|Developer||Ryu Ga Gotoku Studio|
|Platforms||PS5 (reviewed), PS4, Xbox Series X|S, Xbox One|
|Release Date||September 24th, 2021|
Judgment was first released in Japan on December 13th of 2018 and worldwide in June of 2019. I didn’t experience the adventures of the Yagami Detective Agency until later that year, thanks to a B2G1 sale at Target around Black Friday. As a newcomer to the Yakuza franchise, I enjoyed the spinoff and looked forward to Lost Judgment when we got news of the sequel earlier this year. However, in my “Review in Progress” article, I expressed the concern that the story wouldn’t live up to the first game. Now that I have completed the story, I have concluded that it misses the mark in some ways, but goes in a bold direction and deals with heavy topics in a way that no other game can. In this story, the lines become blurred between good and evil, and everyone seems to have their own definition. For that reason, the sequel makes some strides that rise above its predecessor.
Spiritual Content: In one of the side cases, characters believe that a family heirloom is cursed.
Violence: Players take on the role of a detective and fight multiple gang members at a time. The main character uses martial arts and uses blunt objects and items around the city as weapons. Blood spatter effects occur during specific sequences when the player uses finisher moves. Early on, players will have to face a group of delinquent students, but the main character uses merciful finishing techniques that don’t harm the students, like those against street thugs. Two scenes of greater violence are worth noting. One is when a character is tied to a chair and badly beaten. The other depicts a man getting his throat cut. Lastly, at the beginning of the game, a very decomposed dead body is discovered.
Sexual Content: A significant focus of the story is a groping case. Another side case deals with a “sugar baby” relationship. An early sequence involves tracking a man that tricks women into working in the sex trade at clubs. During one of the side cases, players catch a man who was stealing women’s underwear. Another sequence shows a man with his butt exposed. One final moment worth mentioning is a dress-up sequence that returns from the first game; it’s harmless but may be uncomfortable for some players. The main character can go out on a date tied to one of the side quests.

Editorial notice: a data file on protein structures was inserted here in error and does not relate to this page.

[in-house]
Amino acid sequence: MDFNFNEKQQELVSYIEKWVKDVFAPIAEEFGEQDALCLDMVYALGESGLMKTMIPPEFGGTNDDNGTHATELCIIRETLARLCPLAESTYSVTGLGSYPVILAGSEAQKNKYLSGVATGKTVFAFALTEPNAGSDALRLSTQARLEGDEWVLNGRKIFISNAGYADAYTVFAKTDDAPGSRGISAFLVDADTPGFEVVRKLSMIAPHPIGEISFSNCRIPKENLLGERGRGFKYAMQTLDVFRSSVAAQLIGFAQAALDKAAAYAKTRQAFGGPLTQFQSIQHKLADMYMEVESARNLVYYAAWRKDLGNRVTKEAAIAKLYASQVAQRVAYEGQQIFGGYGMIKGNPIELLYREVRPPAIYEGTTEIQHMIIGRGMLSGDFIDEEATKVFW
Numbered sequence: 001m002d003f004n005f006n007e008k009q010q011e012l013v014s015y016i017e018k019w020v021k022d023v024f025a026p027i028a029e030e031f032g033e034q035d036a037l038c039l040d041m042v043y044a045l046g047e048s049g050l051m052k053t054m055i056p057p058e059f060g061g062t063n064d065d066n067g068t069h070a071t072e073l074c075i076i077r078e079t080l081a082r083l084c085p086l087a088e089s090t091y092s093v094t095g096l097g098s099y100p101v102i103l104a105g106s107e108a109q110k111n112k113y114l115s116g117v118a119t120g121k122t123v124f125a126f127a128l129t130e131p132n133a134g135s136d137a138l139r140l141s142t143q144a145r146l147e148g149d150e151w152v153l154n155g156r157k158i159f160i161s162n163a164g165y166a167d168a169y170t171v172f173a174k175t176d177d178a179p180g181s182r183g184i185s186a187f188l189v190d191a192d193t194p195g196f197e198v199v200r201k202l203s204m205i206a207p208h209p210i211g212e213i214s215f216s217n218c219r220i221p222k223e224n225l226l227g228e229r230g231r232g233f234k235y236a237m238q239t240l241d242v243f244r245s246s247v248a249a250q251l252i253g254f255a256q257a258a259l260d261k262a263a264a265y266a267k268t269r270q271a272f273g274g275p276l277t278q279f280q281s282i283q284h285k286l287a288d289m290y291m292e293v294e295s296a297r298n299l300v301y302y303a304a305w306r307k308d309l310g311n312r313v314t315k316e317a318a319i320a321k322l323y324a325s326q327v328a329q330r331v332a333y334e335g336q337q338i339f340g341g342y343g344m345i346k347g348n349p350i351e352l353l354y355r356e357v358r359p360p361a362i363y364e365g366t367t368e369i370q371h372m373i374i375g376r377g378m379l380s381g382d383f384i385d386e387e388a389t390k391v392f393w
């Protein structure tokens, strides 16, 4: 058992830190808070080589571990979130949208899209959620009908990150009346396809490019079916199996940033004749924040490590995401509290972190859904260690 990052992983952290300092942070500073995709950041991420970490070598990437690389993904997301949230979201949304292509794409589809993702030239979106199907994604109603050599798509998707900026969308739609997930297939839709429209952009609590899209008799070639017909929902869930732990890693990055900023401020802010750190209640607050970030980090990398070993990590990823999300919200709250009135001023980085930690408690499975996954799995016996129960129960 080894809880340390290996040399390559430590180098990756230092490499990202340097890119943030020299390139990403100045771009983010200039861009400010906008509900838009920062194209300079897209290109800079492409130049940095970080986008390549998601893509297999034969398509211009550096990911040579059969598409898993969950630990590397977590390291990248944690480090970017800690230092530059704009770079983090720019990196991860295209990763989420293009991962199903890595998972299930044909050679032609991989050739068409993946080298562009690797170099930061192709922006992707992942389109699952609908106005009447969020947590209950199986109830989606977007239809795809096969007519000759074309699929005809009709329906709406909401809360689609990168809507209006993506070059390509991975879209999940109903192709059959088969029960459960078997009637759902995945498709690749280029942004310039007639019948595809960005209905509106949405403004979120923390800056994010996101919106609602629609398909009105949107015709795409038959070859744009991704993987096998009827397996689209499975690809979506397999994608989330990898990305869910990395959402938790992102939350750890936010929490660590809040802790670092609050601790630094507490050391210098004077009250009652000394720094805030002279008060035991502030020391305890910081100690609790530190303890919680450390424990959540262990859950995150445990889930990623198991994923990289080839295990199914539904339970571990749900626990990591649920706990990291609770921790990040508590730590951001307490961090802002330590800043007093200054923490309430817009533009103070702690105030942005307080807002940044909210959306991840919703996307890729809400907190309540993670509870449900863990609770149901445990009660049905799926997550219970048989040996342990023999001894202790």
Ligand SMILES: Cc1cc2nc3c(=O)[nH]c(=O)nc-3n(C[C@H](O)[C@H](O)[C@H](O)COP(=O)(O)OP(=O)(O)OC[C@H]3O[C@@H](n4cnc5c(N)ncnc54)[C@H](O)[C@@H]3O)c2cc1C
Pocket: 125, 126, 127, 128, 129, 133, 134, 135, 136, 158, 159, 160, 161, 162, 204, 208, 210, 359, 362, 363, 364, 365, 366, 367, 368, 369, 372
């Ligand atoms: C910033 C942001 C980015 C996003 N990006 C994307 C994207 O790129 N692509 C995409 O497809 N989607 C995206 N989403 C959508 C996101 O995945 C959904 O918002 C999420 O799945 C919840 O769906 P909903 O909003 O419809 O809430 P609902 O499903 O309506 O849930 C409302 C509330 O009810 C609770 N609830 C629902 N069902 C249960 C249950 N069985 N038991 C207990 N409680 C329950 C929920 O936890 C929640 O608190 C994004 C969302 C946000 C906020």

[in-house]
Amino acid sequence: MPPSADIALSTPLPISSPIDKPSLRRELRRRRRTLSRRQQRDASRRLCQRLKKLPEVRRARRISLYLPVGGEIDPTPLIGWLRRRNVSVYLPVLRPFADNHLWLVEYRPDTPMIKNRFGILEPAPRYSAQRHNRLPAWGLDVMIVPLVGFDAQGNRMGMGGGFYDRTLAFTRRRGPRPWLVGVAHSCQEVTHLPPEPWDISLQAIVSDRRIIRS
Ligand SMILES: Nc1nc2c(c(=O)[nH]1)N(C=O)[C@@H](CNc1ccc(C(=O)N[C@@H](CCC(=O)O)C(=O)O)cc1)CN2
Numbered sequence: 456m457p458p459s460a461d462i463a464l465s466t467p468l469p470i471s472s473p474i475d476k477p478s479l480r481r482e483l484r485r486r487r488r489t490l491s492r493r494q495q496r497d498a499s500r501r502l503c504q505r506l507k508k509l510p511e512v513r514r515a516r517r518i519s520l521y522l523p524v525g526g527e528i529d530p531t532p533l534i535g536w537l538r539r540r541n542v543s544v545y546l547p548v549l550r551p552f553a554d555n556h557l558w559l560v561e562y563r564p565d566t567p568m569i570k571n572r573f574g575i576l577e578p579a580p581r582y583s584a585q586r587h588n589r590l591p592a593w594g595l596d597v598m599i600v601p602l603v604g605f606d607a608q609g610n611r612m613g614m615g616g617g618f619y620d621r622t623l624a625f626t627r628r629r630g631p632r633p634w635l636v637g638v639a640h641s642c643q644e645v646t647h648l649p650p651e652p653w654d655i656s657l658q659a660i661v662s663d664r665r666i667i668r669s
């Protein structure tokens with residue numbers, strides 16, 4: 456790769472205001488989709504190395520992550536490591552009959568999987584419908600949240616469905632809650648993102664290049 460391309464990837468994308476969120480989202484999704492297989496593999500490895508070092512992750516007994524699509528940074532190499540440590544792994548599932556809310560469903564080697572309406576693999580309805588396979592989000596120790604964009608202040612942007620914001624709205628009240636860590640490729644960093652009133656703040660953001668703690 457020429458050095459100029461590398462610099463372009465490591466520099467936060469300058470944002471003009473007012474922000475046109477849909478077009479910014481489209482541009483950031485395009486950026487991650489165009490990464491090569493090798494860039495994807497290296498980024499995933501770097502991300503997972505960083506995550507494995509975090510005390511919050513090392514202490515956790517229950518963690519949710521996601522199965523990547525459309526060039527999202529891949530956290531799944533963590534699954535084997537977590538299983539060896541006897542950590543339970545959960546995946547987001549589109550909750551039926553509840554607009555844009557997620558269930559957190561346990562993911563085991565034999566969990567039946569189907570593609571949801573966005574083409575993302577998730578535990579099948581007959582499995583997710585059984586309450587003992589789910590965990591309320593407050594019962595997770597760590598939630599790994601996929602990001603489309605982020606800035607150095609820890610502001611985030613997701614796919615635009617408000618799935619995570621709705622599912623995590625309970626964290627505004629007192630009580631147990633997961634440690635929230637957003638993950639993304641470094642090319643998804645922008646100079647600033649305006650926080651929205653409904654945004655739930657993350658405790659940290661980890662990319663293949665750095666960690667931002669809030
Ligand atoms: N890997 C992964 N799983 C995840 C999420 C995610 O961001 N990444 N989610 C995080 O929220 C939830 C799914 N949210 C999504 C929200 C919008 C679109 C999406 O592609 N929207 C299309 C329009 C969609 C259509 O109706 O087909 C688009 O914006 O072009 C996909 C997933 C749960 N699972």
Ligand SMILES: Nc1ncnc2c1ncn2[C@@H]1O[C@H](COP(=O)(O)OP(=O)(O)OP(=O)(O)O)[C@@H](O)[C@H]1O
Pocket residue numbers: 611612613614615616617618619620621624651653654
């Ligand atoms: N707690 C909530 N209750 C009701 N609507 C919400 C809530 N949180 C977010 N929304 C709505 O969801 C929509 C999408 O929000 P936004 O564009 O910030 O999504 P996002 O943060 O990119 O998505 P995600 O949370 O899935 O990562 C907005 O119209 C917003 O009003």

Drugs/Alcohol: Players have the option of visiting bars and host clubs, at which they can buy drinks and chat with hostesses or bartenders. It’s possible to get the main character drunk, along with designated spots where he can smoke cigarettes for players to restore the EX gauge.
Other Negative Content: Some scenes depict students engaging in acts of bullying—harming one another and saying hurtful things to one another. The topic of suicide because of such acts is a significant factor in the main story.
Positive Content: Lost Judgement tackles the heavy topic of bullying. We see bullying occur, but we also get to see some students stand up for their classmates. This game handles the subject quite well and shows people’s right and wrong paths to seek out justice.
Lost Judgment takes place a few years after the first game. We join Yagami and Kaito upon completing another case before they get a call from a few familiar friends to join them on another case in Yokohama. This is only the first time RGG Studio has brought one of their games to the new location following Yakuza: Like a Dragon. What brings the crew to town is a bullying case, which leads players to spend some time in Seiryu High School. The addition of the school brings new side missions called “School Stories,” which are in addition to a slew of side cases that Yagami can discover around the city. Depending on how much you want to engage with the extra content, your playtime will clear around 25 hours and increase as you spend more time with all of the available activities.
If you love the minigames in the Yakuza series, Lost Judgment has doubled down in that area. The School Stories offer minigames like Dancing, Boxing, motorcycle street races, and more. Returning activities include Dice & Cube, Drone Racing, and Club Sega Arcades. In addition, there are several Master System games now that Yagami owns a Sega Master System instead of a pinball machine. There is so much to do that you could play this game as a life sim. I spent much of my downtime trying out the new arcade games like Sonic: The Fighters and Fighting Vipers. I only scratched the surface because I wanted to finish the main story promptly.